Sometimes I enjoy a book a lot and yet I do not entirely agree with some elements of it. This I know is not a problem for others who would otherwise love the book. So I think rating it would be unfair as I did enjoyed it but I did not like some actions or ideas in it. Would this be a 4 or a 5? I would only read books with a 3.8 score or more on goodreads, preferably 4.5+. However I have found books I’ve loved with a bit of a 3.0 rating on goodreads and this got me thinking, are ratings even valid though there are subjective? I have found out, review content has more validity for us to evaluate if we will like a book than a simple number. Books after all, just like us, are very complex creatures.

When I used to score a book a 5 I did it on levels of enjoyment. Did I live through the characters' emotions? Did I cheer for them? Did I even feel for the villains? Did I want to kick my boyfriend away just so I could finish one more chapter? These books deserved 5 stars for me. But lately I’ve been encountering books on which, though I experience all of this, I am more conscious of the writing elements in it and it kind of ruins my idea of “perfection”. A 3/5 book would be basically a book of which idea I loved but the characters failed to deliver. Sort of. And well a 2/5 would be a book in which I found myself skimming, yawning and going WTF every time the characters opened their mouths.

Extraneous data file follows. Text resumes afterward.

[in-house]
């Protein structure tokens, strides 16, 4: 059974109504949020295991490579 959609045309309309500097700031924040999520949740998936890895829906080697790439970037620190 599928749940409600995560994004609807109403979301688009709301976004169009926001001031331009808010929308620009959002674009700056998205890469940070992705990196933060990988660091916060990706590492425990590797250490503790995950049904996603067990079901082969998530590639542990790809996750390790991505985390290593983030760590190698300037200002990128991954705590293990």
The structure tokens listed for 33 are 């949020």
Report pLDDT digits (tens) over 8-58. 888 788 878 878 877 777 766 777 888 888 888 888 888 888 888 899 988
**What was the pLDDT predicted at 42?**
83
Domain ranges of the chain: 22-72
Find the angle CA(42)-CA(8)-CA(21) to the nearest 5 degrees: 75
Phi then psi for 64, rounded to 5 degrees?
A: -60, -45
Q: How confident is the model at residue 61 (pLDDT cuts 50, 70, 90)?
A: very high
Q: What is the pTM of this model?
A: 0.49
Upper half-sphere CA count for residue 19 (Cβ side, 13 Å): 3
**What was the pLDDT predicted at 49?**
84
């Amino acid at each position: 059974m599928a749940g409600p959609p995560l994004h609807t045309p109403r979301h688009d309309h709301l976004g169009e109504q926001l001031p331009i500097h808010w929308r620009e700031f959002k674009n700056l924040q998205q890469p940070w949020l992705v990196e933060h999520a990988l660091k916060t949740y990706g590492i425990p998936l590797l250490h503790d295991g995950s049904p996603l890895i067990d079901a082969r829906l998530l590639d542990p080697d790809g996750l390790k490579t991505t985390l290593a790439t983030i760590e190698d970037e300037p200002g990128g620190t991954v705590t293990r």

So these are my thoughts on rating systems and book reviews. If you read book reviews on newspapers or magazines, they also limit themselves to the facts while not ruining the reader’s experience with negative feedback or a rating system. This is my aim now with this blog. To recommend and talk about my reading experience and make the readers curious enough as to read the book themselves.

What has been your experiences with book ratings? Do you chose a book because it has a higher rating? Do you give low rated books a chance? If you do, have you been surprised about it? Do you think rating systems are fair considering there are highly subjective? Let me know!